Jennie Reich Litzky, from Troop 2974 is wrapping up her Gold Award Project entitled “Girl Power” for which she created a video about influential women in history. She chose to highlight:
- Elizabeth Blackwell – The first American lady to get accepted into medical school and graduate top of her class with a medical degree.
- Elizabeth Cady Stanton – The woman who started the Seneca Falls Convention, where women declared their rights, which helped the women’s suffrage movement in America start
- Joan of Arc – Dressed up as a man in order to get the King Charles of France his throne back
- Harriet Beecher Stowe – The author of “Uncle Tom’s Cabin,” a book that made the world more aware of the downsides of slavery, and raised a voice for women overall.
The women were acted out by various age groups; young girl scouts, high school students from a performing arts program in her high school, as well as adults. “The idea is that the adult, “present” time of each lady is sitting at a table for a tea party, and they each go around sharing their life stories. As each women speaks, you see their lives being acted out (played by high school students and younger girl scout). I arranged the video in this format so that it would be easy for the audience to see what each women’s life consisted of, instead of just having the women just talking about their lives,” explains Jennie.
Why this project?
“In all of my years in education, I feel that we have solely highlighted influential men in history, and what they have done for the world. I wanted to show the world that women have helped shape the world we live in today as well, even if it seemed like men have. I wanted to combine my love for writing, film/directing, and the fight for women’s rights into this project.
My goal for this is to educate people more about women. This video is especially valuable for young children, as they don’t the same resources as older people to research women, given that they are following a strict curriculum in school. I find it important that young children (as well as other people) grow up knowing that while men were doing stuff for the world, women were too. I hope that anyone who watches my video will feel inspired to further research women’s history.” – Jennie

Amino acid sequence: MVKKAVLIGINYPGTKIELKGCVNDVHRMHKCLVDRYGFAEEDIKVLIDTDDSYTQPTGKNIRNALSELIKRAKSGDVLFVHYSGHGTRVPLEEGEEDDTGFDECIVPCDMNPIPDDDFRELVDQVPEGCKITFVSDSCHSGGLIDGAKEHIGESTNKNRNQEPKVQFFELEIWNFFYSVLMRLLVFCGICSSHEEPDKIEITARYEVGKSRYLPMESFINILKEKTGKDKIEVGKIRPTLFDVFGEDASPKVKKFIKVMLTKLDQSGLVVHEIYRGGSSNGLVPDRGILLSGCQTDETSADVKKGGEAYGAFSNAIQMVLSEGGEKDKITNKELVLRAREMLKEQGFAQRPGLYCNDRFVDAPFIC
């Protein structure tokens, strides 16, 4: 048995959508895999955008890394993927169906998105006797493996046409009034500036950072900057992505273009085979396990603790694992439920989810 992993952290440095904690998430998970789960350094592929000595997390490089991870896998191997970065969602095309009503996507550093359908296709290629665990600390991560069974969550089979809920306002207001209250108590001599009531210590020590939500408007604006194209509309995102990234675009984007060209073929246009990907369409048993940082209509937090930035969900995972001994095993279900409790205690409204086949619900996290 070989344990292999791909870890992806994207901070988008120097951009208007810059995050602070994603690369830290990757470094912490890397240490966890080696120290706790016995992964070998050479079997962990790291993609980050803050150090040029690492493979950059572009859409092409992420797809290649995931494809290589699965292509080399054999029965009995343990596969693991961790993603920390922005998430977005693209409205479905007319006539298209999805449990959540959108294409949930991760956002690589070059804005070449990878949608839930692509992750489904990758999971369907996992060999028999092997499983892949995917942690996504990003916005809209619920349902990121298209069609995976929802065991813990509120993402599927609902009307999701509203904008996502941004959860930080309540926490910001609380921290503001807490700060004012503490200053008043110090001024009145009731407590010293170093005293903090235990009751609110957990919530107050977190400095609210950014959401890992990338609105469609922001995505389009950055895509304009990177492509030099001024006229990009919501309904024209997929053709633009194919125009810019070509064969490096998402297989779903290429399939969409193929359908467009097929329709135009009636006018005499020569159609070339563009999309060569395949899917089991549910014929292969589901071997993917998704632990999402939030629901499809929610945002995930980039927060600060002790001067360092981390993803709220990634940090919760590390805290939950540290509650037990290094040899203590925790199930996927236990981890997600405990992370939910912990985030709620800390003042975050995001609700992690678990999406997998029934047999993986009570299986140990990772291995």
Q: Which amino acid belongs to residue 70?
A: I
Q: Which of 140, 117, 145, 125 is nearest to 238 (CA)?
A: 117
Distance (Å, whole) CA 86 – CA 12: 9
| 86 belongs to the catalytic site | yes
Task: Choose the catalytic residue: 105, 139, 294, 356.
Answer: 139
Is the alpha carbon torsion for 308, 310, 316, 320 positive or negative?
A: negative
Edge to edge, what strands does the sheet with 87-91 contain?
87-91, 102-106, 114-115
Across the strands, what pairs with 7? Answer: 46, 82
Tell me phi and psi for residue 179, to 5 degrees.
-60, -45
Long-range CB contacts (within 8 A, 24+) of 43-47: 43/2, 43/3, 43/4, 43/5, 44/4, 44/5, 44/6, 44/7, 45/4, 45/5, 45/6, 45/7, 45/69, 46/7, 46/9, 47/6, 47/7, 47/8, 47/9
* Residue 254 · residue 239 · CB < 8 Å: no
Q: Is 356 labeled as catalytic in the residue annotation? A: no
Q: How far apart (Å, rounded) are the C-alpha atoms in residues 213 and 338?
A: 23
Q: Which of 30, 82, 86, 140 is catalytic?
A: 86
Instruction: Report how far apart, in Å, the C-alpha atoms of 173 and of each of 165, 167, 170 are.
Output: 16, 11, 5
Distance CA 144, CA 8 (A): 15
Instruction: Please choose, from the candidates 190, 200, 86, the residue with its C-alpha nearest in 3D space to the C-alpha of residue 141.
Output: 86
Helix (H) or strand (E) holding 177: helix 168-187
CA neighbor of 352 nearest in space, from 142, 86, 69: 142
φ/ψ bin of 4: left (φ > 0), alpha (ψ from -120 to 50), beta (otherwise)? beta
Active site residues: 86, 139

What lessons were learned?
I learned many things from this project. Firstly, I of course gained a lot of knowledge about the four women that I focused on… I learned more about being responsible. Since I was simultaneously managing many things at once, like making props and costumes, writing and revising the script, coaching the actors, and corresponding with LMCTV (the place I filmed/worked with), I learned that I really had to communicate well…
I have also learned more about being courageous and putting myself out there. At one point, I couldn’t find any male actors for a scene, so I had to go out of my comfort zone and ask people I didn’t know if they would be interested in acting in my video. I am happy I did that, because people responded well!
I also learned about motivation, and I now understand more about self- motivation and how I need to push myself to get things done, in order to be successful. I learned that if I feel stuck, I shouldn’t just sit around waiting, I should keep going so I could make progress. At the same time, I also learned that it is okay and usually encouraged to ask others for help.
What’s next for Jennie?
This project reinforced my interested in writing and directing for film. I will definitely take classes surrounding these subjects in college!